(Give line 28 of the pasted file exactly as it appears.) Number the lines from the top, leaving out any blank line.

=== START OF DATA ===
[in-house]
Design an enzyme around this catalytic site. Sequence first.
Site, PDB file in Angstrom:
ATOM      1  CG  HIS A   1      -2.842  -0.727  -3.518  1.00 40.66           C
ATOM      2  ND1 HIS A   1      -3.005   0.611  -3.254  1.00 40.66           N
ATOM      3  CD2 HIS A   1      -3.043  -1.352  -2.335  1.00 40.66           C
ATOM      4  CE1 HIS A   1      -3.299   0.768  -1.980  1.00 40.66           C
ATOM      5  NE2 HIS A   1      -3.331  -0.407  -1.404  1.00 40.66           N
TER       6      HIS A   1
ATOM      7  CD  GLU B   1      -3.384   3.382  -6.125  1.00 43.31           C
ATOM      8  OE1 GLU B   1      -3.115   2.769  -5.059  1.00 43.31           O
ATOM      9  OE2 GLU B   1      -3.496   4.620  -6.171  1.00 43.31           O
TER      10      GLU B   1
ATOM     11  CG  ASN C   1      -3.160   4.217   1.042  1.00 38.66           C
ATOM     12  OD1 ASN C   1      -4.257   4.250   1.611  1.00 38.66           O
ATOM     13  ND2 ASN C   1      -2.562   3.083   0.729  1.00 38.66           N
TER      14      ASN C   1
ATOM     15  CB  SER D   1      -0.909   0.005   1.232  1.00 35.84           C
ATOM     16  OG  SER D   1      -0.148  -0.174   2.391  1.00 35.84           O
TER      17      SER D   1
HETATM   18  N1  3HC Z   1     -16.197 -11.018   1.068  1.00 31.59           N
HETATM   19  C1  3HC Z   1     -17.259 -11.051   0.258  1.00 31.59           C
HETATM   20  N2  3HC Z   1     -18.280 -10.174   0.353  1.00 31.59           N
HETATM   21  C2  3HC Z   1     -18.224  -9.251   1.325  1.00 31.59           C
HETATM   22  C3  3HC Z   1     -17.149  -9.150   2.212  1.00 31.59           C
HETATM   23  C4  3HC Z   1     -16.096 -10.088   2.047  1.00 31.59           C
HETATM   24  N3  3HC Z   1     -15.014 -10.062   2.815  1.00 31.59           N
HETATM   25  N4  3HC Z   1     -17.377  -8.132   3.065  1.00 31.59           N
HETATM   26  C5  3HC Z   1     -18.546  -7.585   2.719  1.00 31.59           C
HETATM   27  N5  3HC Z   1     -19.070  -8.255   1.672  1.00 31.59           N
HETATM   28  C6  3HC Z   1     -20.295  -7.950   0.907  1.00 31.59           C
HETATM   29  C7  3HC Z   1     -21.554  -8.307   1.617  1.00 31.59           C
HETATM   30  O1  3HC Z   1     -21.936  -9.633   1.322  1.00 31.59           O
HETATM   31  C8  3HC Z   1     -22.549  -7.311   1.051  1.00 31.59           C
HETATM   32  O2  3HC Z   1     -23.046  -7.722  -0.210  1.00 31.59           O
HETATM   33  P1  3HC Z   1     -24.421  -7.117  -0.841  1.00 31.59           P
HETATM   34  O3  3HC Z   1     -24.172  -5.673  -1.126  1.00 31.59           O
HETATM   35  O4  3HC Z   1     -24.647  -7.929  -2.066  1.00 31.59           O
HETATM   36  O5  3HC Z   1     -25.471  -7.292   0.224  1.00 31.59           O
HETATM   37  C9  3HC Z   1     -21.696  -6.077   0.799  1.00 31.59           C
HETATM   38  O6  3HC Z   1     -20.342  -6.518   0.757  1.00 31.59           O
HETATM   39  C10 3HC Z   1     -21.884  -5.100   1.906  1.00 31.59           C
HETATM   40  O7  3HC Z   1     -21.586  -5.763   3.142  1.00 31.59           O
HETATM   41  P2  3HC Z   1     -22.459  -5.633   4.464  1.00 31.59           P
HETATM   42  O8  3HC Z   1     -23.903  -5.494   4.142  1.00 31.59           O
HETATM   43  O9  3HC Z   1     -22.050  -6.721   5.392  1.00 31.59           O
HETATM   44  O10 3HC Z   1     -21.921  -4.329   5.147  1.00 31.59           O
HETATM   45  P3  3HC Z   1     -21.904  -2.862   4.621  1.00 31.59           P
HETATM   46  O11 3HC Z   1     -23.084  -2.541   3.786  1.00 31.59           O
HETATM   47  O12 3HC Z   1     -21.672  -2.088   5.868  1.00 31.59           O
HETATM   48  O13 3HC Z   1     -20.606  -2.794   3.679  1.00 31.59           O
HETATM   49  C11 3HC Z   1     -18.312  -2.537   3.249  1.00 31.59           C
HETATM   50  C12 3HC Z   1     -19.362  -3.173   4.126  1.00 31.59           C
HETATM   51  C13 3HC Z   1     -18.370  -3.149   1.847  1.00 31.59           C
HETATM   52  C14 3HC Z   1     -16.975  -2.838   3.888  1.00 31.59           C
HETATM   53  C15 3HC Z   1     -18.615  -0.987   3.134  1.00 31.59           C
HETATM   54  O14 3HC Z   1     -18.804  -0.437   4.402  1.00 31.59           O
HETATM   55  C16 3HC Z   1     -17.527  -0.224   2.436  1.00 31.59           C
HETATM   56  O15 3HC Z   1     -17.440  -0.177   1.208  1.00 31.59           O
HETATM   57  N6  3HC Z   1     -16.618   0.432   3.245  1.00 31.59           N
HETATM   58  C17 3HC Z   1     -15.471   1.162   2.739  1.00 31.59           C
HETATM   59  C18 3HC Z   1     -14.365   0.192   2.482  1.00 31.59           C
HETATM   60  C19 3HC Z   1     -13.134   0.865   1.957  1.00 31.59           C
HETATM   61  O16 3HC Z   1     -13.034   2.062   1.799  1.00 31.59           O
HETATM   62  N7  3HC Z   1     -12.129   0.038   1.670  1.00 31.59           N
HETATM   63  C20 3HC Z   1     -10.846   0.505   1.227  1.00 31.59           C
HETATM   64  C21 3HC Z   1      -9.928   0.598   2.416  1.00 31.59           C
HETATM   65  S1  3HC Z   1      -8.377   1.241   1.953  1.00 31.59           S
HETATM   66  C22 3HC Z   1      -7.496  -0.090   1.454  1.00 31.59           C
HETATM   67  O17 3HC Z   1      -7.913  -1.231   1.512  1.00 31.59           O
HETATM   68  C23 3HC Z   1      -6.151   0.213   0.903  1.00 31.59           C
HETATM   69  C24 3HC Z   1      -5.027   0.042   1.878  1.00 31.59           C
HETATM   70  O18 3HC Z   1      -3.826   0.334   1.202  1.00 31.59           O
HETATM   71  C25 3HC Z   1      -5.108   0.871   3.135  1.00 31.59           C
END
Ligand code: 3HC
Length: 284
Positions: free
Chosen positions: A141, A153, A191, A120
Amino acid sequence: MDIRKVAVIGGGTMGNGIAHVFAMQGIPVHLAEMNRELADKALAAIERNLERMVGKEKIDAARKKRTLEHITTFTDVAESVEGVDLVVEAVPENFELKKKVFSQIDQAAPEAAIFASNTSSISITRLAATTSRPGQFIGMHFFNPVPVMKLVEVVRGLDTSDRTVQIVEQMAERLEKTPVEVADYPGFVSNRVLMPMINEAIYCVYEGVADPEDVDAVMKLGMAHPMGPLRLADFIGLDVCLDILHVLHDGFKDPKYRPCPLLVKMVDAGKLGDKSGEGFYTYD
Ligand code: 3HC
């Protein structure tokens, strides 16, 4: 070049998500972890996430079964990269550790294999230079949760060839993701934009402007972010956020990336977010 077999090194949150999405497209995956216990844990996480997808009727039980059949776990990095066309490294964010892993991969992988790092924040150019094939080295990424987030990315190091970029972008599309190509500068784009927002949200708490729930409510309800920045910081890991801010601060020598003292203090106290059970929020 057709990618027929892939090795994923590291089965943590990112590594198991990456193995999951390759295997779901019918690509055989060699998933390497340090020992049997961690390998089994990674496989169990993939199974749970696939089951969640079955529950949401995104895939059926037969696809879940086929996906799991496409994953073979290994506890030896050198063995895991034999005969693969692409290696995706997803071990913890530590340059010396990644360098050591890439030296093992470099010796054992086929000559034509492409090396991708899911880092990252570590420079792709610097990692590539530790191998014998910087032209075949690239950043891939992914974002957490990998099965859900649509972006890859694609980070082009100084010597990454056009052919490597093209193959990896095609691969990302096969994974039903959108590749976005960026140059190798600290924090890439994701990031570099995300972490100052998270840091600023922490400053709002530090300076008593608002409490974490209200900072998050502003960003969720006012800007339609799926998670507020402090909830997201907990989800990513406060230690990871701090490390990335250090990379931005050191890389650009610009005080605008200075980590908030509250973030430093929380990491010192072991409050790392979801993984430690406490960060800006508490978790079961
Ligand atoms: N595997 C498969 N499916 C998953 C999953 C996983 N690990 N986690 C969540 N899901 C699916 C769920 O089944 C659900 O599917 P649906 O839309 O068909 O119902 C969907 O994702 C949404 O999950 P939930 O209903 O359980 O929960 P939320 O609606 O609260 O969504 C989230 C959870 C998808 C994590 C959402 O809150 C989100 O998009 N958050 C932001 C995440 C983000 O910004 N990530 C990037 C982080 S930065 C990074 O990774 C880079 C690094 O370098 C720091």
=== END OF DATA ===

HETATM   25  N4  3HC Z   1     -17.377  -8.132   3.065  1.00 31.59           N